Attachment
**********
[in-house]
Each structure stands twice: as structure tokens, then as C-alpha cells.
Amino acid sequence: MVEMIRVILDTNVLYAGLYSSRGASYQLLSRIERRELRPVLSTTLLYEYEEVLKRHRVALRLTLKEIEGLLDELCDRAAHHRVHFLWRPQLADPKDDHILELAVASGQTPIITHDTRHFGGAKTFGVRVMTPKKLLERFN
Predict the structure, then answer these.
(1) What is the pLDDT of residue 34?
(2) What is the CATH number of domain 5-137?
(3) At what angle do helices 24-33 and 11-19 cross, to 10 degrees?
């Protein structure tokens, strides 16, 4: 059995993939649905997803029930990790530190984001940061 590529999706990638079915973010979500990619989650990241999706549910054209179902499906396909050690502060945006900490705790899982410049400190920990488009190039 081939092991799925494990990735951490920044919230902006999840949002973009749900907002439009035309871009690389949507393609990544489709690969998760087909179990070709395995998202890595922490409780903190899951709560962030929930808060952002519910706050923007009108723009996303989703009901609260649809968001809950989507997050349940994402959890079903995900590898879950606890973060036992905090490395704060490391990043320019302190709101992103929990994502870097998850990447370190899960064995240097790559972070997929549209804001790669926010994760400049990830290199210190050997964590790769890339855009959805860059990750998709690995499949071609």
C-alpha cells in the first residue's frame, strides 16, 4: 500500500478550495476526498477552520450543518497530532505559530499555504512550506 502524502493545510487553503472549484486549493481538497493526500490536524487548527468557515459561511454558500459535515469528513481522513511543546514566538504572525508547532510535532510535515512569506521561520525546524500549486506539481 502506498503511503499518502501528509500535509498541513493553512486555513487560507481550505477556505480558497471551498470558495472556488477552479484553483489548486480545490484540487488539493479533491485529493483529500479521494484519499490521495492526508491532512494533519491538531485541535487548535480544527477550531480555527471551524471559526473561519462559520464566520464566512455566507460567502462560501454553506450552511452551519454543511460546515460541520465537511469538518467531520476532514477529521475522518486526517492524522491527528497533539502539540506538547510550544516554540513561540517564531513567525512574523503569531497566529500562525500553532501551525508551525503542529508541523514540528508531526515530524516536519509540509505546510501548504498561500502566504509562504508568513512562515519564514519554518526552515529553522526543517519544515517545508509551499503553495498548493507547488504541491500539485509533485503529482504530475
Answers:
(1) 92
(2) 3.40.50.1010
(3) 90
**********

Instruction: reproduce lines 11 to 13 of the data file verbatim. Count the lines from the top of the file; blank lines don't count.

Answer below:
(1) 92
(2) 3.40.50.1010
(3) 90